The EESC welcomes the Integrated Border Management Strategy of the European Union as a management tool that seeks to improve coordination and Member States' shared objectives in relation to external borders. The Committee stresses the importance of having a shared strategy for the better management of external borders, ensuring the internal security of the European Union and the safety of its residents, as well as the protection of fundamental rights and guarantees for the free movement of people within the EU.
Migração e asilo - Related Opinions
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Le CESE convient de la nécessité de collecter et de transférer de manière efficace les informations préalables sur les passagers et les données des dossiers passagers aux fins de la gestion des frontières et de la lutte contre l’immigration illégale, ainsi que pour des raisons de sécurité, notamment la prévention du terrorisme et des formes graves de criminalité et la lutte contre ceux-ci. Il reconnaît qu’il est nécessaire d’harmoniser la mise en œuvre et le suivi du cadre juridique applicable afin d’éliminer les disparités résultant des pratiques multiples des États membres, d’accroître la sécurité juridique, d’accélérer le flux des passagers et de réduire les difficultés administratives que rencontrent les transporteurs aériens.
The EESC welcomes the Commission's proposal to amend the Anti-Trafficking Directive, as it agrees with the need for further progress and improvement in the fight against trafficking in human beings and the protection of victims. The gender dimension in the content and implementation of the directive should be strengthened, given that the vast majority of victims are women and girls. The EESC believes that the directive should pay greater attention to victims of trafficking, and wishes to highlight the Member States' obligation to care for and protect victims and ensure their social inclusion as far as possible.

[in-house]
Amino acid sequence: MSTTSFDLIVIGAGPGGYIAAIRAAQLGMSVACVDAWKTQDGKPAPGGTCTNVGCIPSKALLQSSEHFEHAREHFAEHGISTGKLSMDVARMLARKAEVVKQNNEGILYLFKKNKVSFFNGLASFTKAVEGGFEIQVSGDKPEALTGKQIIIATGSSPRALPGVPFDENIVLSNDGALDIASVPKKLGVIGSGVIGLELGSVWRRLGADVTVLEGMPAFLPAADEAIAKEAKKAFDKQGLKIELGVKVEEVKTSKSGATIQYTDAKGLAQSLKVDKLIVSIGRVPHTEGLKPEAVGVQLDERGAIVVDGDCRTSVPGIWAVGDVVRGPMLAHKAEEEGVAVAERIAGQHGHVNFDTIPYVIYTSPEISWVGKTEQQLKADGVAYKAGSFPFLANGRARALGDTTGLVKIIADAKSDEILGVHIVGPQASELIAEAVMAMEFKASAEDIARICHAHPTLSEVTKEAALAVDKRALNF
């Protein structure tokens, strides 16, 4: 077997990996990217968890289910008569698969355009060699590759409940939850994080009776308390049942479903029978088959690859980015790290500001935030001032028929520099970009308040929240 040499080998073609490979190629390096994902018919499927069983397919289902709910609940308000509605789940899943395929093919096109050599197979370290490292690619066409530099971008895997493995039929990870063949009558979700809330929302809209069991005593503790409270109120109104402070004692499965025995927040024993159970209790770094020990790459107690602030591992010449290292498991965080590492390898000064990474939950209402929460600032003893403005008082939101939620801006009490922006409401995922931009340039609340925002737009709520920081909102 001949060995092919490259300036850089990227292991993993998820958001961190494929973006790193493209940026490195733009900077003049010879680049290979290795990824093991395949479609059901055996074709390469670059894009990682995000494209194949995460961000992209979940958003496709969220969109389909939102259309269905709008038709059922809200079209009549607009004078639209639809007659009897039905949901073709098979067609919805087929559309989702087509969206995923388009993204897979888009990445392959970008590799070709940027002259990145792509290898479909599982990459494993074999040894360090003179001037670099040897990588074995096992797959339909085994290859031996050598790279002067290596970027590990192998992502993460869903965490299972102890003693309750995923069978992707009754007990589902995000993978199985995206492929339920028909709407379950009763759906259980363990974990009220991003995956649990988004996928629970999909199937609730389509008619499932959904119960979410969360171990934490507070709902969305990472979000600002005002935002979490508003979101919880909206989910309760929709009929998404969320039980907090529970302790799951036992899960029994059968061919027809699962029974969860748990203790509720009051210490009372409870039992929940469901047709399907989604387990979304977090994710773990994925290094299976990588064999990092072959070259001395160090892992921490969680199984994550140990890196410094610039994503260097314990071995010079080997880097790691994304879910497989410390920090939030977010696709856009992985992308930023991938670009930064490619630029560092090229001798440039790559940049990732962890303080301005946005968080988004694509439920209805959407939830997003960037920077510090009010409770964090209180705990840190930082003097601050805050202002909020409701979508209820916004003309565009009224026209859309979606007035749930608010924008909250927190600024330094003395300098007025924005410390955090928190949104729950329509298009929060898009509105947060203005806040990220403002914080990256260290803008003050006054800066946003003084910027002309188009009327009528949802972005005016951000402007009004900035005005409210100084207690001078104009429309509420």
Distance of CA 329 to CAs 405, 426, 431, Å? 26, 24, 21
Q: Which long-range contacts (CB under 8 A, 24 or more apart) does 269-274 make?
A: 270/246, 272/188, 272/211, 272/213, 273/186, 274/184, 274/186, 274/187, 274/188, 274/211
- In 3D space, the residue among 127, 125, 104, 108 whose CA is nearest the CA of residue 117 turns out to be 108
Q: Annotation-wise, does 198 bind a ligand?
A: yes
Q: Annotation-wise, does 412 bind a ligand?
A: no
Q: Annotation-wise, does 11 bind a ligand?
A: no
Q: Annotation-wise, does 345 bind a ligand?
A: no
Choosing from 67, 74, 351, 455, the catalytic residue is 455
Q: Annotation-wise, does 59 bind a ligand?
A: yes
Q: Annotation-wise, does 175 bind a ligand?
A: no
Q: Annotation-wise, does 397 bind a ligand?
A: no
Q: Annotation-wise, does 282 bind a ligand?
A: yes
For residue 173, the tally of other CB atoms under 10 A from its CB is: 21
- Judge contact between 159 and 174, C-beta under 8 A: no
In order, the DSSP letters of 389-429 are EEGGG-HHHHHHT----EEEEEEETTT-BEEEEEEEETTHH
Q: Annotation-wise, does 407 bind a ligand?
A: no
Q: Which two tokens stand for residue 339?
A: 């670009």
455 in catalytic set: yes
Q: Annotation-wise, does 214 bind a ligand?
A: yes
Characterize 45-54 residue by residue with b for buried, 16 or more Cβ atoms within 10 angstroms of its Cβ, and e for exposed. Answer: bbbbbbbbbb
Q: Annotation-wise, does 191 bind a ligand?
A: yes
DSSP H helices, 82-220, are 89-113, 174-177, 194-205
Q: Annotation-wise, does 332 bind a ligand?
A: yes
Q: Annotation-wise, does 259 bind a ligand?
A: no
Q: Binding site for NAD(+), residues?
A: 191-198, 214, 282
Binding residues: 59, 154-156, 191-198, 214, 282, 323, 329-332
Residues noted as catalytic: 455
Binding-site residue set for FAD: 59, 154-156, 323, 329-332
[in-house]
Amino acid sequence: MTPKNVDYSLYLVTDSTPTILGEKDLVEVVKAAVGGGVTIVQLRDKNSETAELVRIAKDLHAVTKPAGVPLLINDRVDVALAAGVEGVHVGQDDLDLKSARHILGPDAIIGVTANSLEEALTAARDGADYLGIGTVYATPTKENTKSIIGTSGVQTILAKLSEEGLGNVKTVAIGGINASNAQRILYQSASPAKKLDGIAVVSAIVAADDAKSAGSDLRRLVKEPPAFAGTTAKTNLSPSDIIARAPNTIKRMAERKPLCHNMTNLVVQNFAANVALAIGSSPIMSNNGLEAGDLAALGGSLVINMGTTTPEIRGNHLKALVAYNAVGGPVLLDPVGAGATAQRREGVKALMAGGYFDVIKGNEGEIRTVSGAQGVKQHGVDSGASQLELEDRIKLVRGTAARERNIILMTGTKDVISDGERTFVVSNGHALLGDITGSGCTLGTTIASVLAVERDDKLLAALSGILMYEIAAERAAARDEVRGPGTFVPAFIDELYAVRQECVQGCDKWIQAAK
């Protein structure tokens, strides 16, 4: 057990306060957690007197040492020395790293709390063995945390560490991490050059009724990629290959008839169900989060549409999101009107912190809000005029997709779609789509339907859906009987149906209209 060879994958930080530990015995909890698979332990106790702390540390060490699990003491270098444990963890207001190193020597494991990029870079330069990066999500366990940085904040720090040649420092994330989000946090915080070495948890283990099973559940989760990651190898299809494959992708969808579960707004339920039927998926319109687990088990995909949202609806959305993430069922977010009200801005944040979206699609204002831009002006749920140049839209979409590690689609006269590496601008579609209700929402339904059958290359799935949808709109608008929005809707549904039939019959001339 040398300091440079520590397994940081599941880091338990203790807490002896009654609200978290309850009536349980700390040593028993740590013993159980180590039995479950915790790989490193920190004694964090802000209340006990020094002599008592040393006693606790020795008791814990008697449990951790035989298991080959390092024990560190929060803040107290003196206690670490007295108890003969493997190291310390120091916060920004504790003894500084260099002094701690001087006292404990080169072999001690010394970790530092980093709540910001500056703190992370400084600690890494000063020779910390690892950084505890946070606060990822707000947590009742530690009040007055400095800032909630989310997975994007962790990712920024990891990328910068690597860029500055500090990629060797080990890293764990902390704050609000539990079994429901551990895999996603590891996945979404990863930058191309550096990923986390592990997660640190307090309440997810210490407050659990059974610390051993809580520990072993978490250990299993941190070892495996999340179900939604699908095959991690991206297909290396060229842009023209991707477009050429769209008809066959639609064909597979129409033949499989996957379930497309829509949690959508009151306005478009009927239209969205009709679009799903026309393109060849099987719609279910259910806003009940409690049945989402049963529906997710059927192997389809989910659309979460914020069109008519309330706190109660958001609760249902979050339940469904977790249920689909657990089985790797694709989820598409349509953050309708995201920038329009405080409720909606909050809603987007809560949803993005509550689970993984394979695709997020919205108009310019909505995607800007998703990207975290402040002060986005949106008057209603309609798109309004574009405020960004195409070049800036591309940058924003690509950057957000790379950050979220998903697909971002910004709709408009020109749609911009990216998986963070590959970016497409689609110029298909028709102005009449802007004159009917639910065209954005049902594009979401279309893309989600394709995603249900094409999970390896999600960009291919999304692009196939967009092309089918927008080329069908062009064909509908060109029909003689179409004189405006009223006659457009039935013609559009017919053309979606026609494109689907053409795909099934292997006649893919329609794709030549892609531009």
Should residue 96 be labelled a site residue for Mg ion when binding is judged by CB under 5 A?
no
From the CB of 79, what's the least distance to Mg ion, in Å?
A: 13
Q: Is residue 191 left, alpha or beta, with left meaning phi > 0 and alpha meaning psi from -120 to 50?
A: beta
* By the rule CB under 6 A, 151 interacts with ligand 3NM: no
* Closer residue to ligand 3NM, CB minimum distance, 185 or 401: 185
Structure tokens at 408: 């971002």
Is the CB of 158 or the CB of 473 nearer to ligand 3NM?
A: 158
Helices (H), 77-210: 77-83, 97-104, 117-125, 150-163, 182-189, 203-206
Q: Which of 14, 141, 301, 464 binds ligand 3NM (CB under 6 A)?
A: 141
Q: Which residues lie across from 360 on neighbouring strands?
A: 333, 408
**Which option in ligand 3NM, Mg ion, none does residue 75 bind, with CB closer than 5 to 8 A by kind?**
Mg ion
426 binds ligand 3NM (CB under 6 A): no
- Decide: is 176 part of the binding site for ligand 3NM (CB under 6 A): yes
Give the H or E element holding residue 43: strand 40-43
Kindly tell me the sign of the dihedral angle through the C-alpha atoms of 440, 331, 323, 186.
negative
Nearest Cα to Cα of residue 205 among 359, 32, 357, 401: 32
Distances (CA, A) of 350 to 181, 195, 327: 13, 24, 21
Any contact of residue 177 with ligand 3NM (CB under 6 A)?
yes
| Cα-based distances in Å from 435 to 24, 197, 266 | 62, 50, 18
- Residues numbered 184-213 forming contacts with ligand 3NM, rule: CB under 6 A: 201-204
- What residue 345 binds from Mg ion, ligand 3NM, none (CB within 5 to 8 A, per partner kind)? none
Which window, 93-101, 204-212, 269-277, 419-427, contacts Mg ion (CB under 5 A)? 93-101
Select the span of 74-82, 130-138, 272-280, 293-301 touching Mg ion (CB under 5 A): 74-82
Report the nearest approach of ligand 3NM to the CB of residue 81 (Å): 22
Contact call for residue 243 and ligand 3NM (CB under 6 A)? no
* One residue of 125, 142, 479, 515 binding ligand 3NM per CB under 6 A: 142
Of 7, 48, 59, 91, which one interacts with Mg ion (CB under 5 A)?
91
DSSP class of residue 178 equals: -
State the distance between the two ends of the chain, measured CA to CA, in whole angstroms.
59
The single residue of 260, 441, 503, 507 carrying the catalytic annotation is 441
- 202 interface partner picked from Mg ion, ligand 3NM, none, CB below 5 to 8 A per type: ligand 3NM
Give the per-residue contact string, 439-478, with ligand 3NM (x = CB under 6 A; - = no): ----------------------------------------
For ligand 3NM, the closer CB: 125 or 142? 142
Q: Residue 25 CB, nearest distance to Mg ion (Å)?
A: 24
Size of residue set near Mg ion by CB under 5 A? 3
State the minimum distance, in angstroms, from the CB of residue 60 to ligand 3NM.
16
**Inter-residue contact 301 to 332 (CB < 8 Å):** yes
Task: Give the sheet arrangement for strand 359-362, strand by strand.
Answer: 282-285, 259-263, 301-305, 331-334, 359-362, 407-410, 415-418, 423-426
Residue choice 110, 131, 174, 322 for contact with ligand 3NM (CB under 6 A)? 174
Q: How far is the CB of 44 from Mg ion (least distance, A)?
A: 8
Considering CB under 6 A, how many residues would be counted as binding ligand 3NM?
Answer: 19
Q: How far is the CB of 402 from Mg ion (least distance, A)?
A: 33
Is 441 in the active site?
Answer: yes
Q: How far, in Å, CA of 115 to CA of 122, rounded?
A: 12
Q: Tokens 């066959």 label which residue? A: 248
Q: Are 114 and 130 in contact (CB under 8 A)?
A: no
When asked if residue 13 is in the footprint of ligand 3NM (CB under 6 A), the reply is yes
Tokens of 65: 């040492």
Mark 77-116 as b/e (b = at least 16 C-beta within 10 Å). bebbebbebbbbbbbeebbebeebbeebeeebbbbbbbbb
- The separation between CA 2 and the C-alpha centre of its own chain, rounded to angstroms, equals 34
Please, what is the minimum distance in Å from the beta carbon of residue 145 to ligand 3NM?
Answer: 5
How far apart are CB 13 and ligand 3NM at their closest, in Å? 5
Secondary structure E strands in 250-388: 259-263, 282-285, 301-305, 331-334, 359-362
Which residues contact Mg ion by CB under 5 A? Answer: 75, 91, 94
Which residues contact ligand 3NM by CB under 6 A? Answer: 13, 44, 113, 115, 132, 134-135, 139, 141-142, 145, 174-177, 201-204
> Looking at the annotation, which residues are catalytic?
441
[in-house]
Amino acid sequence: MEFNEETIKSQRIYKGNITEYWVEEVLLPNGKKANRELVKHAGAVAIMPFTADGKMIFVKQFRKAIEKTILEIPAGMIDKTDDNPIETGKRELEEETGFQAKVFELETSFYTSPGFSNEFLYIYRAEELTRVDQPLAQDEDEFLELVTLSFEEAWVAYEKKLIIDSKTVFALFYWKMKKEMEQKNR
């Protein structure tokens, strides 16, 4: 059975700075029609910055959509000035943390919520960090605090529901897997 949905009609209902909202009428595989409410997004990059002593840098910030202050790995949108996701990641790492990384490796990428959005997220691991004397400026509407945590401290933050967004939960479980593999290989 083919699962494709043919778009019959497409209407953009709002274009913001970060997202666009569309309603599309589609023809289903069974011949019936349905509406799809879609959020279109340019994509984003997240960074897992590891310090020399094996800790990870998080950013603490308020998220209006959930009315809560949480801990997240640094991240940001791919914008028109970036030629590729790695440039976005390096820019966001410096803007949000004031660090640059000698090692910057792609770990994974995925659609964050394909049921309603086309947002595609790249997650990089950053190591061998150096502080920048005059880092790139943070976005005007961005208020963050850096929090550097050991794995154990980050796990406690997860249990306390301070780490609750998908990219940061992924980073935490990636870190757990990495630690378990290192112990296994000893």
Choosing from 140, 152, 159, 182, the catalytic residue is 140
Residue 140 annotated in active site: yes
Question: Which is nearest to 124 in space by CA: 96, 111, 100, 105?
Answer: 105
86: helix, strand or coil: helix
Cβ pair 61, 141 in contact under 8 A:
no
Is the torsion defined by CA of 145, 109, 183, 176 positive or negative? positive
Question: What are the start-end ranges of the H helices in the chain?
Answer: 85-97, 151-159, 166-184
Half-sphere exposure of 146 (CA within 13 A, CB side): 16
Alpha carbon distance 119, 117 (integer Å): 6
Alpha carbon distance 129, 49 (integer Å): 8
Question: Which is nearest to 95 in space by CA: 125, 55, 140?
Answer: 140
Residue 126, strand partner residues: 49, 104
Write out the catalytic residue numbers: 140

The EESC highly appreciates the first activation of the Temporary Protection Directive 2001/55/EC in the context of the Russian aggression against Ukraine. The current activation of the Directive could well be used to develop solidarity mechanisms among the Member States. It strongly supports an urgent need for effective, genuine, humane – and humanitarian – common European regulations on migration, asylum and security cooperation in an open, but equally secure Schengen area, in full accordance with the Charter of Fundamental Rights. The consequences of the war are also a threat for the European model of the social market economy as well as for the freedom and rights of EU citizens and other inhabitants. The EESC encourages preserving and valuing the Schengen area as it is currently constituted, to guarantee not only the free movement of human beings, but also the functioning of the Single Market.
The EESC underlines that the shortcomings of the Directive relate to its actual transposition and implementation by the Member States, in particular the considerable variability in sanctions, which in most cases means they do not do much to dissuade employers from hiring illegally staying third‑country nationals. The EESC calls on Member States to step up their efforts to implement the Directive and to work actively with the Commission to ensure it is effective. As regards sanctions, the EESC fully supports the Commission's commitments and recommendations to the Member States and puts forward many additional recommendations on how to make the sanctions effective.
The EESC welcomes the renewed EU action plan and the comprehensive approach it proposes. It considers it essential to combat migrant smuggling by means of a "whole-of-route" approach, including by improving judicial and police cooperation and cooperation and dialogue with neighbouring countries in the fight against smuggling networks. Safeguarding external borders is a priority for the European Union, but these must always be protected with respect for human rights and the inviolability of public international law. The EESC points out that protecting people and providing medical care and solidarity aid should not be criminalised and treated in the same way as smuggling networks.
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